Sound and Sense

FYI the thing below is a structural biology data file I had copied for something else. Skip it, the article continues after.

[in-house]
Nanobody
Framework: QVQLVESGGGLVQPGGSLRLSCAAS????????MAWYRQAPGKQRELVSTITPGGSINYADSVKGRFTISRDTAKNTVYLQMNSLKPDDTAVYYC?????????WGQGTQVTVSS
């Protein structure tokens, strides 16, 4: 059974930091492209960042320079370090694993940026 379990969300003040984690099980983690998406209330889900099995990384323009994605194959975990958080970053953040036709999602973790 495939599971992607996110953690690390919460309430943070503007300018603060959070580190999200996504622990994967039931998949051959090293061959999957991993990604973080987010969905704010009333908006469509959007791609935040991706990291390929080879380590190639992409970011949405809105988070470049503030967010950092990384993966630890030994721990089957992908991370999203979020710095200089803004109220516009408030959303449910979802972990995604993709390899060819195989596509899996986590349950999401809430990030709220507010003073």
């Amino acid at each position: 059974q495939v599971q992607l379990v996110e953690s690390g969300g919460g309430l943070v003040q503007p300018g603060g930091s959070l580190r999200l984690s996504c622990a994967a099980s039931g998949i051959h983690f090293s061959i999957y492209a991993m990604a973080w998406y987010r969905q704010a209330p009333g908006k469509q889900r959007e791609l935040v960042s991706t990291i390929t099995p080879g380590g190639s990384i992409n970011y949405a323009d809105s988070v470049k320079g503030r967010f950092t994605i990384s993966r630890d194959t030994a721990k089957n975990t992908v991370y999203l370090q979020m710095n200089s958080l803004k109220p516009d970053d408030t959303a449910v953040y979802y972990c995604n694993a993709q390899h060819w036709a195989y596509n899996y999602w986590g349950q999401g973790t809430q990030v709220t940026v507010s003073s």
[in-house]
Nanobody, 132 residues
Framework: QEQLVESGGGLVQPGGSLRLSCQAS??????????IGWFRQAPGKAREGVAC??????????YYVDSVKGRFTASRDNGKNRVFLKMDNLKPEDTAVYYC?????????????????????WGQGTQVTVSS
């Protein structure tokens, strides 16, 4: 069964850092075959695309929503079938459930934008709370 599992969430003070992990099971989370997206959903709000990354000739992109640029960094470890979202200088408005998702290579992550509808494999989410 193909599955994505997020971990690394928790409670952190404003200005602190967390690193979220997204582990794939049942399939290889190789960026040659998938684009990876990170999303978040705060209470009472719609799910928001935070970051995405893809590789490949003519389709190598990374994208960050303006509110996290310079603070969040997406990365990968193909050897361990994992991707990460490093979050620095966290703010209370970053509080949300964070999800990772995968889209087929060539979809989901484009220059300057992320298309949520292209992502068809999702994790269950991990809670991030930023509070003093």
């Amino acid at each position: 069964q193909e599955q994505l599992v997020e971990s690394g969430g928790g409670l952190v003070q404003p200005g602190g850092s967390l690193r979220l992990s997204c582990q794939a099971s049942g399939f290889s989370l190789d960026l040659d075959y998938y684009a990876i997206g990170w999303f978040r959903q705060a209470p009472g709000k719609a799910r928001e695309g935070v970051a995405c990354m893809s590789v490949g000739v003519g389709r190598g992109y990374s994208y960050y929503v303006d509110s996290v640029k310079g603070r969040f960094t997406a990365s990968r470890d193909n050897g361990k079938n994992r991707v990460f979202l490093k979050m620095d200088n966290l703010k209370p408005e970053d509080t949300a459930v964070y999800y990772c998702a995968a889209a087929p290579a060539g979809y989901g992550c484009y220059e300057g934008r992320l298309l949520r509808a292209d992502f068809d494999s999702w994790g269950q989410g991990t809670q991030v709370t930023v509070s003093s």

If ever there was occasion for a thesaurus, a poet working on sound is it. Our culture is so visually oriented, we are less attuned than previous centuries to the meaning that sound itself conveys. To double check a poem’s sound, go through each line, looking at the individual letters in the words. Every time there is a cluster that has soft sounds (such as l, m, n, ng), ask if such sounds are a good match for the mood of the scene being described. When soft sounds predominate, the poem has a harmonious, soothing tone—fine if that suits the subject. However, a beautiful ring unmatched to the sense (as in badly written traditional verse) likely helped turn many 20th-century readers against forms using metre and rhyme. Similarly, when groups of letters have harsh sounds (such as d, t, k, z), check if they support or conflict with the mood being aimed for. If harsh and soft sounds occur in equal proportion, they cancel each other, and the overall effect is neutral on the ear—why many have complained that free verse is no more than prose broken into lines. To use an analogy to painting, it’s not just the colours on the canvas, but also the quality of each line (curved, jagged, thick, thin) that affects interpretation and appreciation of the composition.